RA: While much of my past work has been horror-themed, I see the IAC as a good opportunity to branch out and explore all kinds of themes, genres and forms. Some of our inaugural productions, such as Club Salvation, have had very few horror elements, and while horror will always be very close to my heart, we intend to continue to try new things as well.
HEN: Tell us about the people behind IAC.
RA: Throughout my years working in the theatrical arts, I’ve been so fortunate to meet and work with incredibly talented people across multiple fields. With the IAC, I have simply tried to bring some of those people together to form a powerful team, using their individual skills to further our mission. And yes, a lot of us happen to be women!
HEN: How many productions have you done so far through IAC?
RA: As of now, we have produced four unique events, as well as hosted workshops for local group homes and charities.
HEN: You had a one-night-only event for A Grave Affair during the Halloween season and now will have a couple of productions, including A Grave Affair, off-season. Is the plan to have continuous Halloween-themed productions throughout the year?
RA: We are definitely interested in recurring productions, and while they won’t all necessarily be of the Halloween variety, who wouldn’t want to see a Halloween show in the spring?
HEN: Who wrote and directed A Grave Affair and Bite: Season’s Bleedings?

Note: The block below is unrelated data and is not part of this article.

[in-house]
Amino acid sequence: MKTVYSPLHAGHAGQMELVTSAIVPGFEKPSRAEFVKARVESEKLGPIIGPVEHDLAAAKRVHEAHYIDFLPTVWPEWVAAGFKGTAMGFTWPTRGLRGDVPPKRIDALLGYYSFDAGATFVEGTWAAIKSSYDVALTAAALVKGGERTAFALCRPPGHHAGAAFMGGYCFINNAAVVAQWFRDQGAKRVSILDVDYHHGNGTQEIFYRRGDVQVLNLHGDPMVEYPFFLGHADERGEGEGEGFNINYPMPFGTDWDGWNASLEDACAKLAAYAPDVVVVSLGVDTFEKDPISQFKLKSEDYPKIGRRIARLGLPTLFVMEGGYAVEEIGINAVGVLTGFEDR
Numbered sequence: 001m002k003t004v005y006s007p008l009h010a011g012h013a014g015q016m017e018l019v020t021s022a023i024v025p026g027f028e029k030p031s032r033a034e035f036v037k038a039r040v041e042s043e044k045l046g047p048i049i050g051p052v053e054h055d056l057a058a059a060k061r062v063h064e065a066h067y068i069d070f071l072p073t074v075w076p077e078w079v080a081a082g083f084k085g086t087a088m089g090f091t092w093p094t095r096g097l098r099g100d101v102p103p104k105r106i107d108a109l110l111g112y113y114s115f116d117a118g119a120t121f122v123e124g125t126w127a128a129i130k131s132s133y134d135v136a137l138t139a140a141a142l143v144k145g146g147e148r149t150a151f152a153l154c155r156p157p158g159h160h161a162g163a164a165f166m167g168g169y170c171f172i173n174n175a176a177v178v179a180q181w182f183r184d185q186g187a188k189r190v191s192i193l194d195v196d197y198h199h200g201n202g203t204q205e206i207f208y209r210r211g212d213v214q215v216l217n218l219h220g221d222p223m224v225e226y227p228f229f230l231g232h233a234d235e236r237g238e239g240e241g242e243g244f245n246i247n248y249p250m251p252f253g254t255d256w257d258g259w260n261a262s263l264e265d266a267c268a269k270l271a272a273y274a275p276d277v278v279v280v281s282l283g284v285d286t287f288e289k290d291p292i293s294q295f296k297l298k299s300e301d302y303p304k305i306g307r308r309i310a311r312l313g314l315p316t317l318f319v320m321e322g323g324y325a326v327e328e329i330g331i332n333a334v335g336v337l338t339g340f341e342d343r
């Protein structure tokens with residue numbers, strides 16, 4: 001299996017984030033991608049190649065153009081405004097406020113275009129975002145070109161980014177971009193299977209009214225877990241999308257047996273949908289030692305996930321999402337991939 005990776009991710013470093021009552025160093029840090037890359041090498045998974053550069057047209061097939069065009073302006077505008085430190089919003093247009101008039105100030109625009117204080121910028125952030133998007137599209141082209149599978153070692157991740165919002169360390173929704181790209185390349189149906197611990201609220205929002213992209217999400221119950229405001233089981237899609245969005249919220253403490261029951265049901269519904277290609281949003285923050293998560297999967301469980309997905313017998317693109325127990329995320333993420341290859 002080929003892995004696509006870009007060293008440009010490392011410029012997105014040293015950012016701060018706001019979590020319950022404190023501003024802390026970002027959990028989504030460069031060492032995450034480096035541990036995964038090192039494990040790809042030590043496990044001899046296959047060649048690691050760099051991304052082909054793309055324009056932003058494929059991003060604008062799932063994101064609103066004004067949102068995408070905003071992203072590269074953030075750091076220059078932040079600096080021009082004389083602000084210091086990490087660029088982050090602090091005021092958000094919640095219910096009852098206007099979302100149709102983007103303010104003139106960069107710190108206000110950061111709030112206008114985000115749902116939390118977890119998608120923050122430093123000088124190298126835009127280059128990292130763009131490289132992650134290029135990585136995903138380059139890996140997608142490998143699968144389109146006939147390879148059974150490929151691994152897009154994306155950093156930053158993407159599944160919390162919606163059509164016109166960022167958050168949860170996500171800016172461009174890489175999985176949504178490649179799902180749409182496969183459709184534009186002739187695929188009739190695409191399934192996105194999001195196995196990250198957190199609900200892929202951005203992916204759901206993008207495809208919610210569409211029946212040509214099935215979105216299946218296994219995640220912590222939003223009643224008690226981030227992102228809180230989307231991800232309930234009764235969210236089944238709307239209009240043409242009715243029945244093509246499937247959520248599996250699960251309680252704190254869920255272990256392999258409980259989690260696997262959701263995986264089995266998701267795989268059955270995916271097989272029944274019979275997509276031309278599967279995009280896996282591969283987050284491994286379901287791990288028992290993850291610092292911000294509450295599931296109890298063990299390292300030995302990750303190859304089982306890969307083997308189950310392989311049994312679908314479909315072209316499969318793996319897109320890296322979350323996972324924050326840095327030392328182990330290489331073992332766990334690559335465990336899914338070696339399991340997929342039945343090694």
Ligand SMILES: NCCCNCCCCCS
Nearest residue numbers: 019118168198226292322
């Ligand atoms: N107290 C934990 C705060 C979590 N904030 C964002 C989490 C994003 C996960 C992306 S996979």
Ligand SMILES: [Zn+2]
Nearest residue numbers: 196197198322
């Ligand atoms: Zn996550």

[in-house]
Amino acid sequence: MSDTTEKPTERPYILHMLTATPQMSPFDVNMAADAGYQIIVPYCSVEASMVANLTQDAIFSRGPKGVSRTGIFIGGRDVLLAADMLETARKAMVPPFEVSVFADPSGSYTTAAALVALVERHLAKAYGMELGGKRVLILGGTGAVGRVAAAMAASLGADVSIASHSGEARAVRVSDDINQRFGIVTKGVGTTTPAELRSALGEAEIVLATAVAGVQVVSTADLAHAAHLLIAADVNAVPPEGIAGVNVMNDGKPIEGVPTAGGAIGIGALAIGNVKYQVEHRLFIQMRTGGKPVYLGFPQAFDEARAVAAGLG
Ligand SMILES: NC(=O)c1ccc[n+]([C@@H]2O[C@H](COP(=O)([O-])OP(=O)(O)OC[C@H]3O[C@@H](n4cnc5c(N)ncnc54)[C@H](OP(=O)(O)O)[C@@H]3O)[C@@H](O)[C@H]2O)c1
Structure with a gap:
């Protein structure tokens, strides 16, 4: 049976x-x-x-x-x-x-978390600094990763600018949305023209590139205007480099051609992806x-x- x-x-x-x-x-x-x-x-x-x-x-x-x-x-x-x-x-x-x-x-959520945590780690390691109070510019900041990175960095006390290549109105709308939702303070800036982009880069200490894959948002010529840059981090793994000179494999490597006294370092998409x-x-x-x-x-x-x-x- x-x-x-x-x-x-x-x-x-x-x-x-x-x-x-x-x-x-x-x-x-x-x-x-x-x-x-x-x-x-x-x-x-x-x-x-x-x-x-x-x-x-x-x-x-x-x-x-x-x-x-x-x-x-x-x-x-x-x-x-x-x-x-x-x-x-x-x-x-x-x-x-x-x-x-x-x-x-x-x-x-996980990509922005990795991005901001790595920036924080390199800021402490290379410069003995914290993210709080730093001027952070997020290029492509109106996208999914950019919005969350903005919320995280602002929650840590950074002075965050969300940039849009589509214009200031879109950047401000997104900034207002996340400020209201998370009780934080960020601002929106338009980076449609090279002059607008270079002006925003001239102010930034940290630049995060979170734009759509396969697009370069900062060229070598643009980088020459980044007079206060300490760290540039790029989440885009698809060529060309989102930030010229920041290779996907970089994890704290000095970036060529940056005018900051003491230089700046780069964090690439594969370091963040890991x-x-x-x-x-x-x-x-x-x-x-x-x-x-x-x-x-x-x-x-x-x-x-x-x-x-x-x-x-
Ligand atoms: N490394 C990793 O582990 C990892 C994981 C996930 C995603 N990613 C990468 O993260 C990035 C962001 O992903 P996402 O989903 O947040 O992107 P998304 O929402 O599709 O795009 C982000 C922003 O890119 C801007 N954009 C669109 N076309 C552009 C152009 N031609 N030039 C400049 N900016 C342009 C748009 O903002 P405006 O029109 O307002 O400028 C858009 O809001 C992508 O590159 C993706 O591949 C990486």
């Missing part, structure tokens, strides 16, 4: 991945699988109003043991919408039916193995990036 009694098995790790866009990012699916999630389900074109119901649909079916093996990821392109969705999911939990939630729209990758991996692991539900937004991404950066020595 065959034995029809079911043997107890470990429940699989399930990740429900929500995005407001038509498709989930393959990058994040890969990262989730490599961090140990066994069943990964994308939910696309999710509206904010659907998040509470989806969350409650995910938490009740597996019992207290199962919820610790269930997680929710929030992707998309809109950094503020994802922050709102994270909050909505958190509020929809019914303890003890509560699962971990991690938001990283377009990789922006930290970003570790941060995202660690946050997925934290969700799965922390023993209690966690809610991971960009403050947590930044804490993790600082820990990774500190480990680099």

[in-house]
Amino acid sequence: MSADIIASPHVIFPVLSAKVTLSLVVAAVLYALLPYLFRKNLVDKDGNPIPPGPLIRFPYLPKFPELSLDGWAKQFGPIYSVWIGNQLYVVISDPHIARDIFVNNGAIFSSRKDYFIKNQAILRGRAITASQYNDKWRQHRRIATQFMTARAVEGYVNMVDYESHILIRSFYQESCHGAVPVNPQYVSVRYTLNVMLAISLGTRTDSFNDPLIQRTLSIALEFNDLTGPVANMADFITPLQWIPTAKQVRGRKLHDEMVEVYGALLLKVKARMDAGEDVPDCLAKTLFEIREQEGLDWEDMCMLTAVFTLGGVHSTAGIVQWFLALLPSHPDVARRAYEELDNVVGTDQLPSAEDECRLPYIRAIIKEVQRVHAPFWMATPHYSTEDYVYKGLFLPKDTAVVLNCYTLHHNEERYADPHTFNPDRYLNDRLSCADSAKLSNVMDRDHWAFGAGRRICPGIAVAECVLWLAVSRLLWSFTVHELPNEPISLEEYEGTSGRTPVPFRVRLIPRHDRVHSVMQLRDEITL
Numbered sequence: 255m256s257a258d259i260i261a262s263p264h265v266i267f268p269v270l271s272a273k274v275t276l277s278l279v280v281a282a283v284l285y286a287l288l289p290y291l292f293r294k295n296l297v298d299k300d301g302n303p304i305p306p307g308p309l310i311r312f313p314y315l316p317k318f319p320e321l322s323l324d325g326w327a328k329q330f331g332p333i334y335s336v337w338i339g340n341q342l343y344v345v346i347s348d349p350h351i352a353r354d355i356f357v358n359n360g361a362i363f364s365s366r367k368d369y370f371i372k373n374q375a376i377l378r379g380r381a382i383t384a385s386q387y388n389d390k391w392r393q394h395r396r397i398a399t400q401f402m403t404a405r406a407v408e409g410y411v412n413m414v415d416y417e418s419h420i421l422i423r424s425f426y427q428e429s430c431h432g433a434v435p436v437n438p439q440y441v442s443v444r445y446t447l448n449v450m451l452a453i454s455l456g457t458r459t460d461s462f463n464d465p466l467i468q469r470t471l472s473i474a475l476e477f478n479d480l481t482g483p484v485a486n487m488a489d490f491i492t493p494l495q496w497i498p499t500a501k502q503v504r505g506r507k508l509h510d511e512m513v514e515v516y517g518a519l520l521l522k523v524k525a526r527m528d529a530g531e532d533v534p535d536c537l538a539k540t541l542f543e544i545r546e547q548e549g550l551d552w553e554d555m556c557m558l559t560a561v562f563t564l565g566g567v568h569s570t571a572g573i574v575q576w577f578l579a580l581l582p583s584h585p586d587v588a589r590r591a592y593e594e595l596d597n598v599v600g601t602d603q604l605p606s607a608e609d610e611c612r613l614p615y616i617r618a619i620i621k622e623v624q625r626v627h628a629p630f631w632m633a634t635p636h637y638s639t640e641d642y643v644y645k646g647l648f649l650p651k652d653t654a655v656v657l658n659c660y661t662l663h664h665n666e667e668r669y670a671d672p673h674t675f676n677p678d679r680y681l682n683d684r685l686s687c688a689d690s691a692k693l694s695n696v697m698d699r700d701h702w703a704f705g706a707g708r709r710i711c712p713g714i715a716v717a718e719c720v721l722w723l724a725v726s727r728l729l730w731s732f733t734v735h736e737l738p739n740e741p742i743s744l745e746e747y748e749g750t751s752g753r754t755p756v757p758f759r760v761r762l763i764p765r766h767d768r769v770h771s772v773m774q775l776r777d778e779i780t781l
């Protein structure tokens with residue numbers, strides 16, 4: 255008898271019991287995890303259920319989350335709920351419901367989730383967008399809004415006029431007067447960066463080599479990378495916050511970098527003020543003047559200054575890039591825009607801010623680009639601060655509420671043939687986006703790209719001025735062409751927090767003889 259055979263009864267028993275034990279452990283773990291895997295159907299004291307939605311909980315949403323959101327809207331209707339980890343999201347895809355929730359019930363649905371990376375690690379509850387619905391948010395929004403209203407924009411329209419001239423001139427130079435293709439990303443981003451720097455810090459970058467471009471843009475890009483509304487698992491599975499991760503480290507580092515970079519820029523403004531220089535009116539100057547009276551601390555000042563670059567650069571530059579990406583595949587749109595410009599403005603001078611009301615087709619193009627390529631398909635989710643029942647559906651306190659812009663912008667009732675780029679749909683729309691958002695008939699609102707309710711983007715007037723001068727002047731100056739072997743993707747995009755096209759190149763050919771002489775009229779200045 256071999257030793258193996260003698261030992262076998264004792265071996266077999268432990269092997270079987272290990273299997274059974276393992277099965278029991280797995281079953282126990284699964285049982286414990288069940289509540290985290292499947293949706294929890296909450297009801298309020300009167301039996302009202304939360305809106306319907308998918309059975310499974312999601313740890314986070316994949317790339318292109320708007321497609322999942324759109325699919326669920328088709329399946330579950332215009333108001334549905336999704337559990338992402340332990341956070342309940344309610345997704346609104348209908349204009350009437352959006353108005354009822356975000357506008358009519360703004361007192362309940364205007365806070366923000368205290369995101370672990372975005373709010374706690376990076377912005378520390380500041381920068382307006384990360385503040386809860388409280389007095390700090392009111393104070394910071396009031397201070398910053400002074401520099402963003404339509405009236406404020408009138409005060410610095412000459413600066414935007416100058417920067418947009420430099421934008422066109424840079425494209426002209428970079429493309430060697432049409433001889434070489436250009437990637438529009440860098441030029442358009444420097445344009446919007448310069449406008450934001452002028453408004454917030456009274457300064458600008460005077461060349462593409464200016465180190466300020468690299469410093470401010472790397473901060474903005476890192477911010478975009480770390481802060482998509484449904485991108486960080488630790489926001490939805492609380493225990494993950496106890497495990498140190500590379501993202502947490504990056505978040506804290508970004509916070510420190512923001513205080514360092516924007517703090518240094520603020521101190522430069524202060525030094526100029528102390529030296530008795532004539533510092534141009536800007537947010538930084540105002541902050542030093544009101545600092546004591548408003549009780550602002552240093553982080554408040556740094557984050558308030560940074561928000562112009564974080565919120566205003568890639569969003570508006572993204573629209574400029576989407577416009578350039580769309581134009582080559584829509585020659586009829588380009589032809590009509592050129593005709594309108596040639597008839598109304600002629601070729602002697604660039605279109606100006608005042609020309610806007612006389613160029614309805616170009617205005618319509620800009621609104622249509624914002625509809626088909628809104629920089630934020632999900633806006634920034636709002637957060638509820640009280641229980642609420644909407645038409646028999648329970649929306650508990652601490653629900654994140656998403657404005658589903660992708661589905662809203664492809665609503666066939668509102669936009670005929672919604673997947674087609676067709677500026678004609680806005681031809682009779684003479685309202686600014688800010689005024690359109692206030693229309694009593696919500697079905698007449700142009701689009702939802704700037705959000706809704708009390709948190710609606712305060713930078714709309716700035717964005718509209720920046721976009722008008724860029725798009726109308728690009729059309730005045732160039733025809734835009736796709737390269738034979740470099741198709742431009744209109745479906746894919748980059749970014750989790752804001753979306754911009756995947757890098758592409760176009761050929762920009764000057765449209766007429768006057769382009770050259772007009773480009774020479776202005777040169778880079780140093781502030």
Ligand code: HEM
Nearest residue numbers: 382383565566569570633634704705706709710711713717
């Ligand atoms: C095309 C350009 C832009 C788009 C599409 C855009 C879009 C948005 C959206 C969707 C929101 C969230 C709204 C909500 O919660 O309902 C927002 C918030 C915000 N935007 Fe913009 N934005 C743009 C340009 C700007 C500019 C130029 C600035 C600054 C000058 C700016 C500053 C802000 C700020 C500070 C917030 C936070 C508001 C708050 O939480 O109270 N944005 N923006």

RA: Our productions are all collaborative efforts, and we encourage our performers to contribute creatively as much as possible. Generally, we’ll come up with the skeletal structure of a show and its characters, and then throw it to our performers to see what they do with it. This allows each show to have a unique “voice,” and we hope our performers feel as though they share that voice.
HEN: How did outreach for at-risk youth become part of your mission?
RA: I spent a lot of my youth in group homes, so it’s always been a desire of mine to take my experience there and offer whatever help or inspiration I can to those in a similar situation. I think it’s important to meet them with compassion and care, as well as expose them to ideas and possibilities they may not otherwise have considered. They are still very much at the beginning of their lives, and the kind of things we do are just some of the many avenues they could explore, but we truly believe artistic expression is one of the most cathartic and powerful ways of channeling and exorcising those things that hurt us. More than anything else, we want them to be heard. In some ways, I’m trying to offer them something I would have appreciated and benefited from when I was in their position.
“BITE: SEASON’S BLEEDINGS” PHOTO GALLERY
The Gory Details Bite: Season’s Bleedings >> 90 minutes and includes a fully-catered meal with vegan and gluten-free options >> Guests can participate in an optional secret Santa ceremony (must bring gift valued at no more than $10) >>Shows twice nightly at 7:30 pm and 9:30 pm >>Dates: Nov. 13 and Nov. 14, followed by Friday and Saturday nights until Dec. 18
A Grave Affair >>90 minutes and includes drinks and appetizers >>Shows twice nightly at 7 pm and 9 pm >>Dates: Sundays from Nov. 21 through Dec. 19